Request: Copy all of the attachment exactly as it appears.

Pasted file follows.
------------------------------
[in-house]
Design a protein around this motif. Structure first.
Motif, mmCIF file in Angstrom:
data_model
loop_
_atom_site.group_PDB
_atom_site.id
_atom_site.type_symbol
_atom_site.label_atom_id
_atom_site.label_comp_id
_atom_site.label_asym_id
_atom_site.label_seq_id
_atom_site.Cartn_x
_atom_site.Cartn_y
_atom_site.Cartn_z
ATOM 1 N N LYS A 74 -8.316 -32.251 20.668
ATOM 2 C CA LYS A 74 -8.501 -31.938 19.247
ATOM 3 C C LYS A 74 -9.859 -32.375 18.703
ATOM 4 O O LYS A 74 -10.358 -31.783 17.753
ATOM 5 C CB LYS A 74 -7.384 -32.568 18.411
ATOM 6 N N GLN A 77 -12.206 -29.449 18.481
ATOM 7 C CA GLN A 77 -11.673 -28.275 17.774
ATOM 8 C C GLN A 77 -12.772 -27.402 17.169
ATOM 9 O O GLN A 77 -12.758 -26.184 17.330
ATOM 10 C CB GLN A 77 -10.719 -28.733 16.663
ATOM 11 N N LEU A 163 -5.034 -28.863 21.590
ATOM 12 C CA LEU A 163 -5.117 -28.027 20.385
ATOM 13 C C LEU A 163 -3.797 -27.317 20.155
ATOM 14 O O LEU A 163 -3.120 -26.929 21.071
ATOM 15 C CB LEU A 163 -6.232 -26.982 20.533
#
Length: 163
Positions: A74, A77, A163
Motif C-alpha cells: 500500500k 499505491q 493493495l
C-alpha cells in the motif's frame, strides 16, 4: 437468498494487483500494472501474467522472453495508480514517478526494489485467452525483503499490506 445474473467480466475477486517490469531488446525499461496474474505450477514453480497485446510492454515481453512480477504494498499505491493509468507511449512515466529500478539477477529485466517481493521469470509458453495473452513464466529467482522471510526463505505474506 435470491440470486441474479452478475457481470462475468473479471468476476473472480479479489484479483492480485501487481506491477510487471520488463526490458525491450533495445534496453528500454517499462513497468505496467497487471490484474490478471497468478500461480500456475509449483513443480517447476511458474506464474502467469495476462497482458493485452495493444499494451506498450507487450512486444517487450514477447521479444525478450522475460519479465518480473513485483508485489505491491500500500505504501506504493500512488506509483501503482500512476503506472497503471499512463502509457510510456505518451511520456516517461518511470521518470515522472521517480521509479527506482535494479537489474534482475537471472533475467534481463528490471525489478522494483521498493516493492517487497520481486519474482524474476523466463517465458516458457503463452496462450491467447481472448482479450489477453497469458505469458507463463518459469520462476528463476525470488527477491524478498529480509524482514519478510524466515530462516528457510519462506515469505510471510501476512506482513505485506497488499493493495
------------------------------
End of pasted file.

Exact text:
[in-house]
Design a protein around this motif. Structure first.
Motif, mmCIF file in Angstrom:
data_model
loop_
_atom_site.group_PDB
_atom_site.id
_atom_site.type_symbol
_atom_site.label_atom_id
_atom_site.label_comp_id
_atom_site.label_asym_id
_atom_site.label_seq_id
_atom_site.Cartn_x
_atom_site.Cartn_y
_atom_site.Cartn_z
ATOM 1 N N LYS A 74 -8.316 -32.251 20.668
ATOM 2 C CA LYS A 74 -8.501 -31.938 19.247
ATOM 3 C C LYS A 74 -9.859 -32.375 18.703
ATOM 4 O O LYS A 74 -10.358 -31.783 17.753
ATOM 5 C CB LYS A 74 -7.384 -32.568 18.411
ATOM 6 N N GLN A 77 -12.206 -29.449 18.481
ATOM 7 C CA GLN A 77 -11.673 -28.275 17.774
ATOM 8 C C GLN A 77 -12.772 -27.402 17.169
ATOM 9 O O GLN A 77 -12.758 -26.184 17.330
ATOM 10 C CB GLN A 77 -10.719 -28.733 16.663
ATOM 11 N N LEU A 163 -5.034 -28.863 21.590
ATOM 12 C CA LEU A 163 -5.117 -28.027 20.385
ATOM 13 C C LEU A 163 -3.797 -27.317 20.155
ATOM 14 O O LEU A 163 -3.120 -26.929 21.071
ATOM 15 C CB LEU A 163 -6.232 -26.982 20.533
#
Length: 163
Positions: A74, A77, A163
Motif C-alpha cells: 500500500k 499505491q 493493495l
C-alpha cells in the motif's frame, strides 16, 4: 437468498494487483500494472501474467522472453495508480514517478526494489485467452525483503499490506 445474473467480466475477486517490469531488446525499461496474474505450477514453480497485446510492454515481453512480477504494498499505491493509468507511449512515466529500478539477477529485466517481493521469470509458453495473452513464466529467482522471510526463505505474506 435470491440470486441474479452478475457481470462475468473479471468476476473472480479479489484479483492480485501487481506491477510487471520488463526490458525491450533495445534496453528500454517499462513497468505496467497487471490484474490478471497468478500461480500456475509449483513443480517447476511458474506464474502467469495476462497482458493485452495493444499494451506498450507487450512486444517487450514477447521479444525478450522475460519479465518480473513485483508485489505491491500500500505504501506504493500512488506509483501503482500512476503506472497503471499512463502509457510510456505518451511520456516517461518511470521518470515522472521517480521509479527506482535494479537489474534482475537471472533475467534481463528490471525489478522494483521498493516493492517487497520481486519474482524474476523466463517465458516458457503463452496462450491467447481472448482479450489477453497469458505469458507463463518459469520462476528463476525470488527477491524478498529480509524482514519478510524466515530462516528457510519462506515469505510471510501476512506482513505485506497488499493493495